The high exchange rate, mining boom and global financial crisis are not to blame for the decline of manufacturing, says Gary Banks, head of the Productivity Commission.
According to a report in the Brisbane Times, Mr Banks believes that manufacturing was “suffering anyway.”
Addressing a Deakin University seminar at Parliament House in Canberra, Mr Banks said the mining boom has just compounded longer-term trends that every OECD country is now experiencing.
"Manufacturing has been shrinking relative to the rest of the economy for decades, he said. “In absolute terms it hasn't shrunk much, but as other parts of the economy grow it has to shrink as a proportion. We can't add up everything to more than 100 per cent I am afraid – that’s just the way the arithmetic pans out."
Mr Banks said the main way the mining boom has hurt manufacturing has been by making Australians more wealthy. With more to spend, especially on services, this means other goods have to "make way".
"The rising exchange rate has simply been a facilitator of that," he said.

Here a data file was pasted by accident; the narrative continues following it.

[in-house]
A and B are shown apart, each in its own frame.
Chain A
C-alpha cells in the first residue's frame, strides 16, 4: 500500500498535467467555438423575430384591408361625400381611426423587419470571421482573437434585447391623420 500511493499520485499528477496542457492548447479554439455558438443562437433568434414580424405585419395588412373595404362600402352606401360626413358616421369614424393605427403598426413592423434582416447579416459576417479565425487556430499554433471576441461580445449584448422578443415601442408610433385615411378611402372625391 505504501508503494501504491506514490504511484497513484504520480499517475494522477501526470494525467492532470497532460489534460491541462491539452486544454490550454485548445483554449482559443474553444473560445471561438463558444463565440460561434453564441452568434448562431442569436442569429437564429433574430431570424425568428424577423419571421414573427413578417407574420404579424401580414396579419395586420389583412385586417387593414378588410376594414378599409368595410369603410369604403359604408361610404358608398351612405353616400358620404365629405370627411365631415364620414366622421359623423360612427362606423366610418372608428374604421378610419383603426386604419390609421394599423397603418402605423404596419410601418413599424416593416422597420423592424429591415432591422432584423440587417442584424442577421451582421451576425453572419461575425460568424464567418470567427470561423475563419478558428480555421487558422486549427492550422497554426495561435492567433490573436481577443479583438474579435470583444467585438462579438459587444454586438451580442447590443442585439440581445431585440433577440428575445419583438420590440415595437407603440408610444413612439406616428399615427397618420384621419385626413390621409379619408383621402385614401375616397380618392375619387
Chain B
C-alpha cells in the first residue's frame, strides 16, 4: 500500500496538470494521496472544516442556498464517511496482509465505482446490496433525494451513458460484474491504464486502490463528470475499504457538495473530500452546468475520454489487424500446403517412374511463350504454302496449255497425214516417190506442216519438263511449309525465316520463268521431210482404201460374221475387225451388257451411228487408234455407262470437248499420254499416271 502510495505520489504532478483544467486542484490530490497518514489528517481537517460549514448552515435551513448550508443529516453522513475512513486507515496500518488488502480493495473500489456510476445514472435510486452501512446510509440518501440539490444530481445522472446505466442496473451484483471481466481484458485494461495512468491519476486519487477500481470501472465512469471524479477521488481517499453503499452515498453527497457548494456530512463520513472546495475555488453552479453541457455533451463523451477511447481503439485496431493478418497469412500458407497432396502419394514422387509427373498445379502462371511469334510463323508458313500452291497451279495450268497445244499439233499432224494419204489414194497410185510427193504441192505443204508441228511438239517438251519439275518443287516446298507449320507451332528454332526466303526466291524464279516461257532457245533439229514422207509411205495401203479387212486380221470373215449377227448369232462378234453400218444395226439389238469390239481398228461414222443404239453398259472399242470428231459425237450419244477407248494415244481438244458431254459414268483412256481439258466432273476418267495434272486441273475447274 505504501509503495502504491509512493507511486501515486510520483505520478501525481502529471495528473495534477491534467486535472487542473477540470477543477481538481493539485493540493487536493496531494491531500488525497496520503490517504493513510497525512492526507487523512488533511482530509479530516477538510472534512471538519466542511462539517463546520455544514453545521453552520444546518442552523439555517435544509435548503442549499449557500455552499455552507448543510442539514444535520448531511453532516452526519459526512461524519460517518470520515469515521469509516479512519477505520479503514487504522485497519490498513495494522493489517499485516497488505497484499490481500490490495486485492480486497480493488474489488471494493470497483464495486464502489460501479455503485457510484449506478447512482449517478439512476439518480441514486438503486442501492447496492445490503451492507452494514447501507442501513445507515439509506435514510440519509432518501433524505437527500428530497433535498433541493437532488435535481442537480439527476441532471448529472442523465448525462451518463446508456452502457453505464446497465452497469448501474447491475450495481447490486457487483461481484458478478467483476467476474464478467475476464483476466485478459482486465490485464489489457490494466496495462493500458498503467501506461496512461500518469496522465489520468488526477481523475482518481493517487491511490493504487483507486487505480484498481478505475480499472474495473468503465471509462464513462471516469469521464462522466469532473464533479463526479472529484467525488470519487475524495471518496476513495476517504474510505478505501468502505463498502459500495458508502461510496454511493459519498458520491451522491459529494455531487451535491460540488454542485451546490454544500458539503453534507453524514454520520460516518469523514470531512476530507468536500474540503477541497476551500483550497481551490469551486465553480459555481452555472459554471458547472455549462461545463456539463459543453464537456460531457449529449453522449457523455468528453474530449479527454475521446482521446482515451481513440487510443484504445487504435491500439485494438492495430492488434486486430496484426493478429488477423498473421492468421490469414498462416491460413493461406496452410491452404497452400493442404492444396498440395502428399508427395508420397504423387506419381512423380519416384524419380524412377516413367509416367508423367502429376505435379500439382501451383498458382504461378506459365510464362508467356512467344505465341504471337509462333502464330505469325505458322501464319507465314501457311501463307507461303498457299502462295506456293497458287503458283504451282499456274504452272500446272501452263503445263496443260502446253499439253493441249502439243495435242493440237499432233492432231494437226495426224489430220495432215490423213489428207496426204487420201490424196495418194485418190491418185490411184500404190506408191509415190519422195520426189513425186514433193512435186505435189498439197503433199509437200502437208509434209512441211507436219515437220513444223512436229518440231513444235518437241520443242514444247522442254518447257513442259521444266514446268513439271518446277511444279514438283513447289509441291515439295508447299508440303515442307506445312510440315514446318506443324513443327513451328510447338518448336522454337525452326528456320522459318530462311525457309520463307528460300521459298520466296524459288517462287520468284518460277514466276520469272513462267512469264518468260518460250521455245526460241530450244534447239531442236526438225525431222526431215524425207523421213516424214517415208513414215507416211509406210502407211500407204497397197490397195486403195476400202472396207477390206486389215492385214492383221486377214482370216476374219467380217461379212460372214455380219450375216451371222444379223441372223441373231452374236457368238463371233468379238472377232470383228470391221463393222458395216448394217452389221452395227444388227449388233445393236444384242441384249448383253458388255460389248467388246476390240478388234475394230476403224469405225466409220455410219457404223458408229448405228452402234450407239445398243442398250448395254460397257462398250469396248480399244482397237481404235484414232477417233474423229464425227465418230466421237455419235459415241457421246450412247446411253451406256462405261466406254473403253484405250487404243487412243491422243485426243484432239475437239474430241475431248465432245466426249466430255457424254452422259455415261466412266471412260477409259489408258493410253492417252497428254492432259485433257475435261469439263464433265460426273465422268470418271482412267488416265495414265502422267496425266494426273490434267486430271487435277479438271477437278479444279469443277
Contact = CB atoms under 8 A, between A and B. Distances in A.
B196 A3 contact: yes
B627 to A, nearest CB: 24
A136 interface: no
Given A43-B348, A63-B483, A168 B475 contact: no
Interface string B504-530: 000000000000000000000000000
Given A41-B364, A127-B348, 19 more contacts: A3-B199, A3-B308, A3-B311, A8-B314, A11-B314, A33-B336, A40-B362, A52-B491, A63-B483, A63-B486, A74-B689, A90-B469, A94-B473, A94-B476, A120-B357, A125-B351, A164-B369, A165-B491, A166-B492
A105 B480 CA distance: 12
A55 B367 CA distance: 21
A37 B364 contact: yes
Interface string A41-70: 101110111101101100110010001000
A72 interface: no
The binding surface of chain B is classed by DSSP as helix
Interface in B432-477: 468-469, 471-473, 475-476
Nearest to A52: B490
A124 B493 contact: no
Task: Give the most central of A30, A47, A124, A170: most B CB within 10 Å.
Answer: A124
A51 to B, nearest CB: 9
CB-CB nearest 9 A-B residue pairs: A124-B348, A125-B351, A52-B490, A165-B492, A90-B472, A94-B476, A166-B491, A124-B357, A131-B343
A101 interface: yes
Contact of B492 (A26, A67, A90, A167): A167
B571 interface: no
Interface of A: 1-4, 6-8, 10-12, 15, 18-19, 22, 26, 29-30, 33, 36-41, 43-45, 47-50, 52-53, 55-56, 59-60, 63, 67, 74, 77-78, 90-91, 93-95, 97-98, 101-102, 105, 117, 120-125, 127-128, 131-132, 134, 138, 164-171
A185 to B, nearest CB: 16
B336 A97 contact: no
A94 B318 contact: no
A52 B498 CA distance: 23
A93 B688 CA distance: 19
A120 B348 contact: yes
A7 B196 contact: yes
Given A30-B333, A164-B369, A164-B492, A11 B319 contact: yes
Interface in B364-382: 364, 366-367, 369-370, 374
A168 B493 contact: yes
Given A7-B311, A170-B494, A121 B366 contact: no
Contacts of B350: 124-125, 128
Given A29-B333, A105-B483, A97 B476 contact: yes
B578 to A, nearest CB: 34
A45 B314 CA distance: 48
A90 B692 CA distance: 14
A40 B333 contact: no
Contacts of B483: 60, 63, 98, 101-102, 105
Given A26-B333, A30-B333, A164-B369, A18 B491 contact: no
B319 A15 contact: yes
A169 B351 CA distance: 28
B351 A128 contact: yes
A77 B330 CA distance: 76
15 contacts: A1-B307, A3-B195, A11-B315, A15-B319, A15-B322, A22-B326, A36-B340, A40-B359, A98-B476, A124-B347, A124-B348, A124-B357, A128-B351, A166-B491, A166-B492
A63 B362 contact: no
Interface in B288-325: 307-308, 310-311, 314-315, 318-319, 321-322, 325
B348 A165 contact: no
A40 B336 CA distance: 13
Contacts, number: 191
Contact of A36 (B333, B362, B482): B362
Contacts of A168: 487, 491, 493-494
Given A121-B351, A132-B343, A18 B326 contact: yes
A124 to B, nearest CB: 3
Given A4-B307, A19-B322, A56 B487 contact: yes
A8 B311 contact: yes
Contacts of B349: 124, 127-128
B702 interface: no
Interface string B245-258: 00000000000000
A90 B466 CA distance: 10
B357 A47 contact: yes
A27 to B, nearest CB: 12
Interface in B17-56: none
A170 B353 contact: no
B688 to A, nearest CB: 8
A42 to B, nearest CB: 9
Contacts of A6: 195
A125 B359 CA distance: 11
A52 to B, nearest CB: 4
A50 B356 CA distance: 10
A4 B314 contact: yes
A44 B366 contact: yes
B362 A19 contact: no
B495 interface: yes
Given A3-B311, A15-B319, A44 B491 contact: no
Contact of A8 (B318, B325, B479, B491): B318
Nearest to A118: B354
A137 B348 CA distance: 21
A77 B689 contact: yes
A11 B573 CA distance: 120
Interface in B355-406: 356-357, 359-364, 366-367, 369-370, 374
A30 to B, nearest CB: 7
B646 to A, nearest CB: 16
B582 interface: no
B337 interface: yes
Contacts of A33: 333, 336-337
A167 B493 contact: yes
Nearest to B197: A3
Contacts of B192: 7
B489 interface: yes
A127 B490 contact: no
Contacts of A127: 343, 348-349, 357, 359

"It has made Australia's traded goods relatively more expensive. In the old days that would have happened through inflation, which would have led to greater unemployment and it would have been very disruptive.
"So the exchange rate - which is getting a bad name for appreciating – is actually delivering adjustment more painlessly than was ever the case in Australia in the past in response to the kind of structural pressures that we are seeing.
"In relation to manufacturing the boom and the GFC have merely accelerated the longer-term trend decline in the share of manufacturing by 1½ to two years.
"That impact has not been uniform. The biggest job losses have been where the activities have been the least competitive. These also happen to be the most highly assisted parts of manufacturing."